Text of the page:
Island Treasures: Growing Up in Cuba (Bind-Up)

Alma Flor Ada (Author) Antonio Martorell (Illustrator)
& 1 more

Product Details

Atheneum Books for Young Readers
Publish Date
August 25, 2015
5.8 X 0.9 X 8.5 inches | 0.7 pounds

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About the Author

Alma Flor Ada, an authority on multicultural and bilingual education, is the recipient of the 2012 Virginia Hamilton Literary Award, and in 2014 she was honored by the Mexican government with the prestigious OHTLI Award. She is the author of numerous award-winning books for young readers, including Dancing Home with Gabriel Zubizarreta, My Name Is María Isabel, Under the Royal Palms (Pura Belpré Medal), Where the Flame Trees Bloom, and The Gold Coin (Christopher Award Medal). She lives in California, and you can visit her at


"Ada, an award-winning writer and multicultural and bilingual education expert, recounts childhood memories of growing up in Cuba in the 1940s. Filled with heartwarming vignettes of her childhood in Camagüey, Cuba, Ada's memories are also suffused with the importance of family and friends.... Readers new to Ada's memoirs will be moved and inspired."--Kirkus Reviews, May 2015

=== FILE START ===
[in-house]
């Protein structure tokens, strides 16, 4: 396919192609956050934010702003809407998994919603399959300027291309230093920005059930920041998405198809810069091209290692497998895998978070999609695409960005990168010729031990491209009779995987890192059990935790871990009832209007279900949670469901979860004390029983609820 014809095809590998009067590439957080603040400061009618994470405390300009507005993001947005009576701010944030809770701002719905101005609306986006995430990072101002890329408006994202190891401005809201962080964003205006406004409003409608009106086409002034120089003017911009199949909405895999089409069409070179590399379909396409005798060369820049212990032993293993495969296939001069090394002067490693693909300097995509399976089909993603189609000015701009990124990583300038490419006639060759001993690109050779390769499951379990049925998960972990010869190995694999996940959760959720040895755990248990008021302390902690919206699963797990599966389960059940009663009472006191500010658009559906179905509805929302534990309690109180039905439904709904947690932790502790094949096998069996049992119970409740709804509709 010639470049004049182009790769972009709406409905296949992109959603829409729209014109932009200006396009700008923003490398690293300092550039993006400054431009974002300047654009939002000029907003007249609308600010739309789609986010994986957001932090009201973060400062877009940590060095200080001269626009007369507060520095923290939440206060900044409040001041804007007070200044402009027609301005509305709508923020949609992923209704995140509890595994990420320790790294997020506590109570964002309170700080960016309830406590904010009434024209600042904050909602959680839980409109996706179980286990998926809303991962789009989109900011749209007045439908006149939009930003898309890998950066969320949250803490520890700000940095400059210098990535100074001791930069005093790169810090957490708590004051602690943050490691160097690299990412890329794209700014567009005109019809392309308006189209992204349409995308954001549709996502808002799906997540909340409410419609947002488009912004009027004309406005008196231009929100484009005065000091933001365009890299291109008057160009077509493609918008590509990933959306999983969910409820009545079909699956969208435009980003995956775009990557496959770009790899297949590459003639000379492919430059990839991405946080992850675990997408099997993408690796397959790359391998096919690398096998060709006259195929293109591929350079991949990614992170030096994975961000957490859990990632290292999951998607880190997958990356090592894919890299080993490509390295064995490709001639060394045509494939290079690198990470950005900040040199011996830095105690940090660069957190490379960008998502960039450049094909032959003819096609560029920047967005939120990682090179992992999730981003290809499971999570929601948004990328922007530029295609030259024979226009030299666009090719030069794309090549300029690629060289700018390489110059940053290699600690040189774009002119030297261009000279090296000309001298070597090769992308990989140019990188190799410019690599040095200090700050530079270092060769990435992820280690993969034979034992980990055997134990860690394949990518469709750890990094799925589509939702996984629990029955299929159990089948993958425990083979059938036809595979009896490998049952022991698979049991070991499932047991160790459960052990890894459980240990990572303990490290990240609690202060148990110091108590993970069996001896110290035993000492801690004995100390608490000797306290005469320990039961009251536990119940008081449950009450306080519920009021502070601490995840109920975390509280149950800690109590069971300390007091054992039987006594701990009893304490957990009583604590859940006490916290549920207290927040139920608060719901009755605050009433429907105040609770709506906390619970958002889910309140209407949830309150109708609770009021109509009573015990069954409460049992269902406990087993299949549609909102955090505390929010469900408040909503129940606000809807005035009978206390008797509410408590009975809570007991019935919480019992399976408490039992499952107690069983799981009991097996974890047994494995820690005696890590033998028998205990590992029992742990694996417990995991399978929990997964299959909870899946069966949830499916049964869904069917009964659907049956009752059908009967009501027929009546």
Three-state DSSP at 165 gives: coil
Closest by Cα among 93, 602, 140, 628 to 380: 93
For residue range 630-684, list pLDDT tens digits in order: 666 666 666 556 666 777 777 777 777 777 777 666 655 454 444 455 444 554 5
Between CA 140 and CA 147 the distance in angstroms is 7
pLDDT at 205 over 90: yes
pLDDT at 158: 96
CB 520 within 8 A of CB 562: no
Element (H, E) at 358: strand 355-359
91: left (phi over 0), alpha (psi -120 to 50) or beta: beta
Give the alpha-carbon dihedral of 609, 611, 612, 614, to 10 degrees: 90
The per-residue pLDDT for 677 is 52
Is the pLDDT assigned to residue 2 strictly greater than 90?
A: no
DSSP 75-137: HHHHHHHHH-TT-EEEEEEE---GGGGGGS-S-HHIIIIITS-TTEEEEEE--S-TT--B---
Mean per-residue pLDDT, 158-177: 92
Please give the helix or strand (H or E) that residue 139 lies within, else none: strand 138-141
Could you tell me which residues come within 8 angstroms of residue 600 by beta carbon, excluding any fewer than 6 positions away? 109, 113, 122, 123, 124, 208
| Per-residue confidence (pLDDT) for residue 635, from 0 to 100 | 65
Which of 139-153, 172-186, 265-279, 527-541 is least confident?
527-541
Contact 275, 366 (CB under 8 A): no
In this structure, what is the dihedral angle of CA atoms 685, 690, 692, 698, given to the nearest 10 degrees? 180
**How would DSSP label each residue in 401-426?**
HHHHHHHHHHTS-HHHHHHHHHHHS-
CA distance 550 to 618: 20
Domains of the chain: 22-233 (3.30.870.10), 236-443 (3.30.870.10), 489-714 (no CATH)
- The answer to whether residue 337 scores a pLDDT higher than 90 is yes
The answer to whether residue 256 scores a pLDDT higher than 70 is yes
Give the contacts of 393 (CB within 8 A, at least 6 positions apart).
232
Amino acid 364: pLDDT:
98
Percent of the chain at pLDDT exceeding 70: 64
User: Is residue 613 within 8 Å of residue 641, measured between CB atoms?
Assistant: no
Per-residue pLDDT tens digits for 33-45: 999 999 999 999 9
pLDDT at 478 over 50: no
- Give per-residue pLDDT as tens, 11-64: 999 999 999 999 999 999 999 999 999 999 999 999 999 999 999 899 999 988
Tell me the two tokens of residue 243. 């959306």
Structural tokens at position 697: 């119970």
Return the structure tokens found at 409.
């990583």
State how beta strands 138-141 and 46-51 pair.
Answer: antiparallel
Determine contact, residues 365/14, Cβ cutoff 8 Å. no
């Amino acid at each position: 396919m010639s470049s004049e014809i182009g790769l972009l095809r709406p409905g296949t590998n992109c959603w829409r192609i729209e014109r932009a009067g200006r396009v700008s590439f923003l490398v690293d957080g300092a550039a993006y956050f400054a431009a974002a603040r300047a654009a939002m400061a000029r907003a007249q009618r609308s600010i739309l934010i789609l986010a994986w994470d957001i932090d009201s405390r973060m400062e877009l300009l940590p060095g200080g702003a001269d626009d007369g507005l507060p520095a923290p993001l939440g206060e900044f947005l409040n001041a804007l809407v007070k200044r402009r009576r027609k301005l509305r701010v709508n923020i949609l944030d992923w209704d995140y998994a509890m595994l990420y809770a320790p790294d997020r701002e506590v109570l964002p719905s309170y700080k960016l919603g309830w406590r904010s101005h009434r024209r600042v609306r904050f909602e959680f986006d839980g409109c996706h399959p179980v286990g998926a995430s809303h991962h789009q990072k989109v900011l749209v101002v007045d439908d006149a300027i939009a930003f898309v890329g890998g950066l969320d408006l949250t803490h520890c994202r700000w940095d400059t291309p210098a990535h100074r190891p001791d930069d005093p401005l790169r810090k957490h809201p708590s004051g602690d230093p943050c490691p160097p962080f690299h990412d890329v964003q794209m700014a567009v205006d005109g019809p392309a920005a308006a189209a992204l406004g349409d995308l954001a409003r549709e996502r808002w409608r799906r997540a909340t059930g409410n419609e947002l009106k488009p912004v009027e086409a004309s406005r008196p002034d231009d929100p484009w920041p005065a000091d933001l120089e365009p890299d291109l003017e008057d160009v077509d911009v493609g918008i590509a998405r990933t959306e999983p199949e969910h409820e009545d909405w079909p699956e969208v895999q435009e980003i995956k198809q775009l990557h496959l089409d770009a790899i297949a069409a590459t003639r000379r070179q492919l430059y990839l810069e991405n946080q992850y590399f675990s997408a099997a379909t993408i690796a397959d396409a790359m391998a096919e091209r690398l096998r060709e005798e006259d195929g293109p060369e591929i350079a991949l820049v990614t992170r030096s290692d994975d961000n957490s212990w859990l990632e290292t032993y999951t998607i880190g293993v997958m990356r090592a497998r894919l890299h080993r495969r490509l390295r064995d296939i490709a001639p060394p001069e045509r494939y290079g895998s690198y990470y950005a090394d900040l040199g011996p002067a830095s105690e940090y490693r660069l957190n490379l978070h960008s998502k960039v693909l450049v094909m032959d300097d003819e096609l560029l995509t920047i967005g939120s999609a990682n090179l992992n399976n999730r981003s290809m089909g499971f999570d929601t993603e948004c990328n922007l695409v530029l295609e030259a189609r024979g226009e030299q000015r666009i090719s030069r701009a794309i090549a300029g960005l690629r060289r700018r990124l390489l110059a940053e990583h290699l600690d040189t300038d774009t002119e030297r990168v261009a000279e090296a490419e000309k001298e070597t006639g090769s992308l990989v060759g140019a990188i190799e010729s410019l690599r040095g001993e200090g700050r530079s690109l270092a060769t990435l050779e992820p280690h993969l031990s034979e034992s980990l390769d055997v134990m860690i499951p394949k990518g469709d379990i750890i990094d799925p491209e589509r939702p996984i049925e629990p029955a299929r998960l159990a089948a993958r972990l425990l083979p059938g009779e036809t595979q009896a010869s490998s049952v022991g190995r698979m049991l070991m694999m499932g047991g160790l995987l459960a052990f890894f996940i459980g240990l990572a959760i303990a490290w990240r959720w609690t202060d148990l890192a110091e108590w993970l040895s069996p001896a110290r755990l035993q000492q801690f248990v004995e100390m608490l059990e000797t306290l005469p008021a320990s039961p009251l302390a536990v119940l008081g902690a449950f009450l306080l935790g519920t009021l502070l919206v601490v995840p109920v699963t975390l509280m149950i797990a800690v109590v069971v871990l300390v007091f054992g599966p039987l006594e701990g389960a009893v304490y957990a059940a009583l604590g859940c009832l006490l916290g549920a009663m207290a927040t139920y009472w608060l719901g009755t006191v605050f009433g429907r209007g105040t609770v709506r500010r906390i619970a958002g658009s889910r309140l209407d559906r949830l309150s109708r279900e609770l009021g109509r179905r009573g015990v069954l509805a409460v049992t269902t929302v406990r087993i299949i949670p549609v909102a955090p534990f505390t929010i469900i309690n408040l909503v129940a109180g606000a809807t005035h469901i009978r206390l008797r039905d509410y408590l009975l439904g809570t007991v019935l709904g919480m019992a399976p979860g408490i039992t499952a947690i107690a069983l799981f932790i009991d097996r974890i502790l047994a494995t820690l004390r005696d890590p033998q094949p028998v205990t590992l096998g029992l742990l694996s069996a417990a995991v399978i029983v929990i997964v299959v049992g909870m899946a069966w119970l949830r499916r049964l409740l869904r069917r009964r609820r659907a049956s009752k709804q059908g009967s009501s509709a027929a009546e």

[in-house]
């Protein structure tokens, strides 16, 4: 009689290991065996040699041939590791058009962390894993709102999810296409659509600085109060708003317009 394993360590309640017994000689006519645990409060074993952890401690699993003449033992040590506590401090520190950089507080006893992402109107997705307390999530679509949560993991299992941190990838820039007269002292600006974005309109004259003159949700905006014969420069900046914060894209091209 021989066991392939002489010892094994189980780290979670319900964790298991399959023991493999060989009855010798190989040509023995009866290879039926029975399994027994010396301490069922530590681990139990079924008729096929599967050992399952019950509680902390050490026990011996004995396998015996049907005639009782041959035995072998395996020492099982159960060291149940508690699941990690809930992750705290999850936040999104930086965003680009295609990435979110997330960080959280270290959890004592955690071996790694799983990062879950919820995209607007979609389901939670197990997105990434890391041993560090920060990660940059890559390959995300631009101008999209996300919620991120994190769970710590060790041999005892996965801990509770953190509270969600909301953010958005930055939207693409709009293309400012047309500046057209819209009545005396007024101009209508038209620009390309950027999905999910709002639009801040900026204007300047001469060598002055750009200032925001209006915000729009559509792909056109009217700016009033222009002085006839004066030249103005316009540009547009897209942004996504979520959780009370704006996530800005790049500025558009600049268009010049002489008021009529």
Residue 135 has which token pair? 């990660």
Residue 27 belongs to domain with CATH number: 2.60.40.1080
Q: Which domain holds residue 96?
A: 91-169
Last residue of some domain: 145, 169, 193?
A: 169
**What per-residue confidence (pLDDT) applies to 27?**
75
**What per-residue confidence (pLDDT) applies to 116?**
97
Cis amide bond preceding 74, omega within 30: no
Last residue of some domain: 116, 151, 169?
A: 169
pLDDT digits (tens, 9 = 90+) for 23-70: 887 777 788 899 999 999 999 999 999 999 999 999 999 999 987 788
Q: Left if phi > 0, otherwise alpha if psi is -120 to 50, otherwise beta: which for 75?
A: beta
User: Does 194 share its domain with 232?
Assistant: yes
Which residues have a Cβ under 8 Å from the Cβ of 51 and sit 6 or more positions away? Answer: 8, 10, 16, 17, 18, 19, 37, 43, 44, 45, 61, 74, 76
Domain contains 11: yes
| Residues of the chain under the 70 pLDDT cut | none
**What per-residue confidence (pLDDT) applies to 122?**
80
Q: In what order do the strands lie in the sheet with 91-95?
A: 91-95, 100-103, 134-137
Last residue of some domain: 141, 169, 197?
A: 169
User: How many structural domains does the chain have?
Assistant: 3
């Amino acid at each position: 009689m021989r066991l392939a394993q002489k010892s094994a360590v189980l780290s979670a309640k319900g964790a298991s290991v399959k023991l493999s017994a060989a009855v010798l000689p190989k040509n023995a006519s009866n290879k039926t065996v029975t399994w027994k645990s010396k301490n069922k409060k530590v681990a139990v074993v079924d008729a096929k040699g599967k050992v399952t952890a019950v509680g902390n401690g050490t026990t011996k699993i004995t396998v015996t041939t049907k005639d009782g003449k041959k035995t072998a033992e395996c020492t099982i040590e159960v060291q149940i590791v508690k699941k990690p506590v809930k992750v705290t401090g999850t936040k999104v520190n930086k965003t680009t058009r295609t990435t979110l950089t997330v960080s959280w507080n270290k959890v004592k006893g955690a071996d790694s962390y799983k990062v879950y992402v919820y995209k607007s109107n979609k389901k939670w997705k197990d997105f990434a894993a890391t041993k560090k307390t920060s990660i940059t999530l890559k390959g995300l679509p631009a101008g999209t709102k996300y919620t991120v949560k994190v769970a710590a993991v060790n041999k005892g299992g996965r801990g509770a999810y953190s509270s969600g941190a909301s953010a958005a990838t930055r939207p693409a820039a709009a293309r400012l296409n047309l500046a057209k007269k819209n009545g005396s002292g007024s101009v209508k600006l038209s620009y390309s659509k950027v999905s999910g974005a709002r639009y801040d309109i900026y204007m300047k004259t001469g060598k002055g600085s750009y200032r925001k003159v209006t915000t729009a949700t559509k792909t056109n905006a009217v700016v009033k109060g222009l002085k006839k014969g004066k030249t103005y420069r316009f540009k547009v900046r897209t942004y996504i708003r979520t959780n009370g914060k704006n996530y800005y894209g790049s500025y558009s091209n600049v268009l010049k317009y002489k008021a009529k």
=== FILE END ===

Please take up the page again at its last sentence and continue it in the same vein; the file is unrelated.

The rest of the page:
"In this memoir collection, Ada vividly recounts childhood stories, painting pictures with words that allow readers to almost taste Cuban foods, smell her grandmother's talcum, and feel the red clay used to make pottery.... Ada adopts the tone of an older adult fondly sharing childhood memories with a beloved child--the reader. She weaves life lessons and Cuban customs and values throughout her recollections of eccentric relatives and community members and incorporates descriptions of childhood joys, tragedies, and humorous anecdotes. Although most Spanish terms are translated or defined within the text, a glossary aids those new to the language. VERDICT: A lovely addition to memoir collections."--School Library Journal, June 2015
"This is an anthology of previously published works, Where the Flame Trees Bloom (Atheneum,1994) and Under the Royal Palms (Atheneum 1998), plus new content. These short two to four page autobiographical vignettes tell family stories of growing up in Cuba. Warm and touching, they have the feel of a grandparent sharing their childhood experience, usually with an embedded lesson but without being preachy. Evoking the people and experiences of growing up in Cuba, and told from a child's point of view, these stories would make great read-alouds, even with younger students."--School Library Connection, February 2016, Recommended